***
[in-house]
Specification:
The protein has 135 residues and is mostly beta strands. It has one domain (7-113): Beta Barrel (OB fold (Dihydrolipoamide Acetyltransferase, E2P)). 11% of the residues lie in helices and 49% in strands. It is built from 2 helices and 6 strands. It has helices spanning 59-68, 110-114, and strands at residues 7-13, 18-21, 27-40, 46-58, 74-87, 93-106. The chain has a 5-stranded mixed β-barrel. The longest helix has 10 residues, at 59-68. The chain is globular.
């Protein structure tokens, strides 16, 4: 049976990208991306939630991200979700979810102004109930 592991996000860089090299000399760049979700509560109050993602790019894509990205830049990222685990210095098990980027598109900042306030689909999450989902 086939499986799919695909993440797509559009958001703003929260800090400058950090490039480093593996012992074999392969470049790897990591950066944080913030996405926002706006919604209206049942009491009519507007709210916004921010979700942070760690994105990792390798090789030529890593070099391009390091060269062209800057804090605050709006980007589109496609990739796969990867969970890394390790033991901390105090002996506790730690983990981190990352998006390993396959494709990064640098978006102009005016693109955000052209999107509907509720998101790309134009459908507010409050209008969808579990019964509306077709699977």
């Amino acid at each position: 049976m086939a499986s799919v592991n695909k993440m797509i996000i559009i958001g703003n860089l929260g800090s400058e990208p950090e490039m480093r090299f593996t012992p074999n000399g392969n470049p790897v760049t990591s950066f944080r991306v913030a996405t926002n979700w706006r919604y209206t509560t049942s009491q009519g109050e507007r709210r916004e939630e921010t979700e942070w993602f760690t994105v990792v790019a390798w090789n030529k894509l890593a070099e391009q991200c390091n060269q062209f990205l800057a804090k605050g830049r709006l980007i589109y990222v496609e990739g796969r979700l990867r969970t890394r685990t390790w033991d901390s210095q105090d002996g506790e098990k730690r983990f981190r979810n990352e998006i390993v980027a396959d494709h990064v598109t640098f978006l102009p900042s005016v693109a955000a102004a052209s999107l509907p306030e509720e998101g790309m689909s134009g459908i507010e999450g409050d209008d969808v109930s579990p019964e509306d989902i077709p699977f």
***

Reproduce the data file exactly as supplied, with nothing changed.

[in-house]
Specification:
The protein has 135 residues and is mostly beta strands. It has one domain (7-113): Beta Barrel (OB fold (Dihydrolipoamide Acetyltransferase, E2P)). 11% of the residues lie in helices and 49% in strands. It is built from 2 helices and 6 strands. It has helices spanning 59-68, 110-114, and strands at residues 7-13, 18-21, 27-40, 46-58, 74-87, 93-106. The chain has a 5-stranded mixed β-barrel. The longest helix has 10 residues, at 59-68. The chain is globular.
């Protein structure tokens, strides 16, 4: 049976990208991306939630991200979700979810102004109930 592991996000860089090299000399760049979700509560109050993602790019894509990205830049990222685990210095098990980027598109900042306030689909999450989902 086939499986799919695909993440797509559009958001703003929260800090400058950090490039480093593996012992074999392969470049790897990591950066944080913030996405926002706006919604209206049942009491009519507007709210916004921010979700942070760690994105990792390798090789030529890593070099391009390091060269062209800057804090605050709006980007589109496609990739796969990867969970890394390790033991901390105090002996506790730690983990981190990352998006390993396959494709990064640098978006102009005016693109955000052209999107509907509720998101790309134009459908507010409050209008969808579990019964509306077709699977």
């Amino acid at each position: 049976m086939a499986s799919v592991n695909k993440m797509i996000i559009i958001g703003n860089l929260g800090s400058e990208p950090e490039m480093r090299f593996t012992p074999n000399g392969n470049p790897v760049t990591s950066f944080r991306v913030a996405t926002n979700w706006r919604y209206t509560t049942s009491q009519g109050e507007r709210r916004e939630e921010t979700e942070w993602f760690t994105v990792v790019a390798w090789n030529k894509l890593a070099e391009q991200c390091n060269q062209f990205l800057a804090k605050g830049r709006l980007i589109y990222v496609e990739g796969r979700l990867r969970t890394r685990t390790w033991d901390s210095q105090d002996g506790e098990k730690r983990f981190r979810n990352e998006i390993v980027a396959d494709h990064v598109t640098f978006l102009p900042s005016v693109a955000a102004a052209s999107l509907p306030e509720e998101g790309m689909s134009g459908i507010e999450g409050d209008d969808v109930s579990p019964e509306d989902i077709p699977f």